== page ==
Mobile software vendor Openwave Systems filed a complaint against Apple and Research In Motion at the US International Trade Commission on Wednesday, saying the companies violated its patents and asking the agency to block importation of their products.
Openwave said Apple and RIM have infringed its patents with devices including Apple's iPhone and iPad models and RIM's BlackBerry PlayBook and Curve 9330. The companies violate patents on technology involving mobile e-mail, app updates, cloud computing, information navigation and secure mobile connection with a server. Also on Wednesday, the company filed a similar complaint in the U.S. District Court in Delaware, according to an Openwave press release.
Openwave said it tried to reach licensing agreements with Apple and RIM before taking legal action but did not receive a substantive response from them.
"We believe our legal position is strong and our prospects of prevailing are very good," Openwave CEO Ken Denman said in a written statement. It typically takes 15 to 18 months to receive a judgment from the ITC, he said.
Formed through the merger of Phone.com and Software.com in 2000, Openwave sells software to mobile operators for messaging, billing, and traffic analysis and management. The company says it holds more than 200 patents and was the first company to help carriers offer mobile Internet browsing and photo messaging, among other technologies. Its customers include Verizon Wireless, Deutsche Telekom, Sprint Nextel and Vodafone.
Apple did not immediately respond to a request for comment on the case. RIM said it does not comment on litigation.
Wednesday's actions were made possible by a settlement Openwave reached with mobile software vendor Myriad Group on Monday, which gave Openwave clear ownership of a set of patents, Denman said in an open letter to shareholders. Openwave paid Myriad $12 million in cash as part of that agreement. Myriad had bought certain products and patents from Openwave in 2008.
Pursuing Apple and RIM for alleged patent infringements is part of a larger plan to monetize Openwave's intellectual property and turn the company around, Denman told the shareholders. He called the company's inventions "a blueprint for today's mobile Internet" that dates back to the mid-1990s in companies that preceded the Openwave name. Denman said in the past decade, Openwave hadn't fully capitalized on the business potential of its legacy.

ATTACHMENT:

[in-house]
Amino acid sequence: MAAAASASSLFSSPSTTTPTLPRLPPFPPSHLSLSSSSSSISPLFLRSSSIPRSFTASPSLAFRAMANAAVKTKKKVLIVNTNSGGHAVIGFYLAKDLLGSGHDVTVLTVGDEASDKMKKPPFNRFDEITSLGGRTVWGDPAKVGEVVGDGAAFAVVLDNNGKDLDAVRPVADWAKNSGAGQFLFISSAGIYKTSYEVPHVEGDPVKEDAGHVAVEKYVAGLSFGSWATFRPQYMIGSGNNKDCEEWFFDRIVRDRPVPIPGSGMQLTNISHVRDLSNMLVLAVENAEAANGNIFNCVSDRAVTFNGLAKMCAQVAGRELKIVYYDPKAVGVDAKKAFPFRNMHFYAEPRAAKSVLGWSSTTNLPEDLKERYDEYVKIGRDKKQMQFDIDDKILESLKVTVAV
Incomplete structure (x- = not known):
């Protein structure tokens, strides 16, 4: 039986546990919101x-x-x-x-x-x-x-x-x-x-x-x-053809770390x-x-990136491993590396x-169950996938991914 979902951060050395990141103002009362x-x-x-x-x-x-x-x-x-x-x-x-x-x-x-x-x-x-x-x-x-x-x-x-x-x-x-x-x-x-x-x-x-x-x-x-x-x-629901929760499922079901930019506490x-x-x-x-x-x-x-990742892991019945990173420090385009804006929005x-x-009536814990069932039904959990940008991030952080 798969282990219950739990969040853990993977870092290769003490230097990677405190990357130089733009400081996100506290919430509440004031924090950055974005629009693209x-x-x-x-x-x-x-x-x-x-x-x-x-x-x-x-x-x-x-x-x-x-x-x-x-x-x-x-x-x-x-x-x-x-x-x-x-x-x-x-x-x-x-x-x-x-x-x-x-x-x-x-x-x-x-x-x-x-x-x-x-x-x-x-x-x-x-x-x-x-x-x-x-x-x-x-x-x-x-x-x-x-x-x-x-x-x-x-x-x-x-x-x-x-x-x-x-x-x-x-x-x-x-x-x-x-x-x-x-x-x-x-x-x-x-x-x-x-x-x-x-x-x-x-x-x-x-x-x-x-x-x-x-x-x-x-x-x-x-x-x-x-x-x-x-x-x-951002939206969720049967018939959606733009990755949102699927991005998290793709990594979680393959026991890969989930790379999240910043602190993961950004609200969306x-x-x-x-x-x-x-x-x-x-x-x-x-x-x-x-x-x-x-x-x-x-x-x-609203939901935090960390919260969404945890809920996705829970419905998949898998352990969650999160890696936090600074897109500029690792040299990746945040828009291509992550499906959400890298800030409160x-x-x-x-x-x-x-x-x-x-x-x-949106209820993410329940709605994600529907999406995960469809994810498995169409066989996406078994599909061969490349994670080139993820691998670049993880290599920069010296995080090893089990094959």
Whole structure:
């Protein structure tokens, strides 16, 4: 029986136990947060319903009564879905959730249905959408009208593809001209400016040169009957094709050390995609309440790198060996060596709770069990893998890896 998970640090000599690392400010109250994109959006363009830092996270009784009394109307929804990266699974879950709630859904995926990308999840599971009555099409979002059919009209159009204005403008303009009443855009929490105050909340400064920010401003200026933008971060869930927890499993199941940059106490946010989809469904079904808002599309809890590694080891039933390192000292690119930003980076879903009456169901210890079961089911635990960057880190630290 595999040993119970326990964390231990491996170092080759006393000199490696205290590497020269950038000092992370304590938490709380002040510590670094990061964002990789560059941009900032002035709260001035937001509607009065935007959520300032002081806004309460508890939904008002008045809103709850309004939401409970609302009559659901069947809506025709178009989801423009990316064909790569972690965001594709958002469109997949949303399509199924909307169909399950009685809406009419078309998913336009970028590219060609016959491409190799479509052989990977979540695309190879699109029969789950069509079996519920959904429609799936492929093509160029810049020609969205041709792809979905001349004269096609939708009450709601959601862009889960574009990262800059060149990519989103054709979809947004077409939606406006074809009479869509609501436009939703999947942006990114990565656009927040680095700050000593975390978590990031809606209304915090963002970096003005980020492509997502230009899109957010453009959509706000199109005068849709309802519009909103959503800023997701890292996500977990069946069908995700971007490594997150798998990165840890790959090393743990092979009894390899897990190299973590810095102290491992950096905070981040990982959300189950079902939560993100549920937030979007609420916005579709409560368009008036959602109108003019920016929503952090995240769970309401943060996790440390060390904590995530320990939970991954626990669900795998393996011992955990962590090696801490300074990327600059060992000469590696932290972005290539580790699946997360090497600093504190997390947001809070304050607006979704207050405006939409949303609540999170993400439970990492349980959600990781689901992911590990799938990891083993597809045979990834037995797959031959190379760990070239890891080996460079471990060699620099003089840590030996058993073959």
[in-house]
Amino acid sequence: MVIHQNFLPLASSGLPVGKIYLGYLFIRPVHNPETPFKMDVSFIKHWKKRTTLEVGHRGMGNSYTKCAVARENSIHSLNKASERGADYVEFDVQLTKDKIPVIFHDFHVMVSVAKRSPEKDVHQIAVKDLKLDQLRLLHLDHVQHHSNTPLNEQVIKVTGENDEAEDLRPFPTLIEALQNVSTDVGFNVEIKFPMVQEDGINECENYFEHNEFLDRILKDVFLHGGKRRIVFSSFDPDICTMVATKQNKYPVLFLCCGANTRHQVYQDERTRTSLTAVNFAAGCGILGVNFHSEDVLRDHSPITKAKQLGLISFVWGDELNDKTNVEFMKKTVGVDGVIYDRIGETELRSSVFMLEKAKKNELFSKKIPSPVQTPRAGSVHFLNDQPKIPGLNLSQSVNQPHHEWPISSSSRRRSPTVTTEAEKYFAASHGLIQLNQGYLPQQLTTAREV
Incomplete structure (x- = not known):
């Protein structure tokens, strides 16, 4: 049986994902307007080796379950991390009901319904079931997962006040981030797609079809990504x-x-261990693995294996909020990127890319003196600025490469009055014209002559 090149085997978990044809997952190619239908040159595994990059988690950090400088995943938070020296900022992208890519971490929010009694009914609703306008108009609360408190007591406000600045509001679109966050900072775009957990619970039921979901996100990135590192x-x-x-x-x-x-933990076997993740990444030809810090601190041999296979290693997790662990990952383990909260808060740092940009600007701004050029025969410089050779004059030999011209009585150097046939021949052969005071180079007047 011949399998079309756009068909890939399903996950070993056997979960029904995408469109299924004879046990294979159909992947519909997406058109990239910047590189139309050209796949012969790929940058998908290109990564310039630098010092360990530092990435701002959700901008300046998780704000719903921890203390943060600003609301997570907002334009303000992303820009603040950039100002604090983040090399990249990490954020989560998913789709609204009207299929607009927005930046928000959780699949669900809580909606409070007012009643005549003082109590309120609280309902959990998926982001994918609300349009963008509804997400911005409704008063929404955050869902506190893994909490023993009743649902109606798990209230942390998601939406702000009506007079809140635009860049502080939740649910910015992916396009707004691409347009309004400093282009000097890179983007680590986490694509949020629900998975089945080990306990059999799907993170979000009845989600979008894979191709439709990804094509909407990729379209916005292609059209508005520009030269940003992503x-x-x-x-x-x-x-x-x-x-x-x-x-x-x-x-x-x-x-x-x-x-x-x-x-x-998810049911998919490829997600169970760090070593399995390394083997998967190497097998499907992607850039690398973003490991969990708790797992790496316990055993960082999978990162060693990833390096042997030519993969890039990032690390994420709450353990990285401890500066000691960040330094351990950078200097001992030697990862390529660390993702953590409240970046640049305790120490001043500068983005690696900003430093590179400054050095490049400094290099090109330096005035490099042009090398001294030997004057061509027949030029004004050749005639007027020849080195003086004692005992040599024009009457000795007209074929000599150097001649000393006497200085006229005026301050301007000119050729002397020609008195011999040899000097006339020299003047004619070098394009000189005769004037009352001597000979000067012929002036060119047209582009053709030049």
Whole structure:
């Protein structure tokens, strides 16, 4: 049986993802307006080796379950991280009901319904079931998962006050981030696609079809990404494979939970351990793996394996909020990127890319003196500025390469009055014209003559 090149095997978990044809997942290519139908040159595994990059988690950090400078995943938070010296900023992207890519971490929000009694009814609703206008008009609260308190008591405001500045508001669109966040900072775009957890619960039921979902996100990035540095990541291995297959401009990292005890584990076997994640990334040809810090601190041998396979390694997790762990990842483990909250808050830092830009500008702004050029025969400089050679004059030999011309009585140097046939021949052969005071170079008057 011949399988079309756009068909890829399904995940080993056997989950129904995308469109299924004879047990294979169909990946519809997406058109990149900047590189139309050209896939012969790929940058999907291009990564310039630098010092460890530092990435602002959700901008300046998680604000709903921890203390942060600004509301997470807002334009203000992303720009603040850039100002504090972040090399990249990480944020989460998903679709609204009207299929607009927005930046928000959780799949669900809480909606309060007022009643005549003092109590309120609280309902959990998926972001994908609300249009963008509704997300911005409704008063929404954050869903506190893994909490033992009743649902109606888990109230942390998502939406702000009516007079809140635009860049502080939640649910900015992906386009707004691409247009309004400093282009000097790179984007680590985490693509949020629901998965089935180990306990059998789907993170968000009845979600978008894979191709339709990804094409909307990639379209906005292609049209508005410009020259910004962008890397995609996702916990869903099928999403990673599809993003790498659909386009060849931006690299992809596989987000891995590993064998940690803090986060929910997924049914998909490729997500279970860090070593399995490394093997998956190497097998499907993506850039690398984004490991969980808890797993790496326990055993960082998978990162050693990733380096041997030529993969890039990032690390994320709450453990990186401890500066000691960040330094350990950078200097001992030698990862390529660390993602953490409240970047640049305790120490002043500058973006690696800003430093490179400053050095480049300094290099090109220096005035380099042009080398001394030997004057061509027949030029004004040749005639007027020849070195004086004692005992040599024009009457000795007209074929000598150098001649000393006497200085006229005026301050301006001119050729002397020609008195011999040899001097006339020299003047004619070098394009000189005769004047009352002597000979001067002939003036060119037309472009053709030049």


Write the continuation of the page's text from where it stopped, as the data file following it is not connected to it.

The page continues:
Openwave is focusing on the ITC action because of the prospect for a decision relatively soon, Denman said. The company thinks a favorable ruling from the ITC would lead Apple and RIM to agree to license the patents.
"We believe that these large companies should pay Openwave to use the technologies that we invented and that have become foundational to the mobile internet," Denman said.
The patents cited in the complaint represent important mobile data capabilities, according to Openwave. U.S. Patent No. 6,625,447 "provides the fundamental mechanism that allows both webpages and applications to communicate to a server wirelessly from a mobile device," by sending multiple pages of data at once instead of requiring a separate round trip for each page, the company said. Patent No. 6,233,608 covers a technique for making data available to both desktop and mobile devices through a network cloud.
Patent No. 6,289,212 allows mobile devices to perform some mail services even when disconnected from the mail server, according to Openwave. Patent No. 6,430,409 provides a way for a server and a mobile client to work together, using information both on the server and on the device. Finally, Patent No. 6,405,037 covers the technology that allowed mobile apps to be updated without inserting a new memory card into the device or re-burning the ROM (read-only memory) of the phone, the company said.
Legal activity is heating up in the mobile arena because smartphones are entering the mainstream and represent an even bigger profit opportunity, said analyst Daryl Schoolar of Current Analysis.
"This has been the summer of lawsuits," Schoolar said, noting litigation over LTE (Long Term Evolution), Google's alleged misuse of Java in Android, and other issues.
Ultimately, the legal climate could hurt consumers and businesses that use mobile devices, he said.
"You might see companies get to the point where they're much slower about doing innovation, much more cautious, because they're worried about lawsuits," Schoolar said.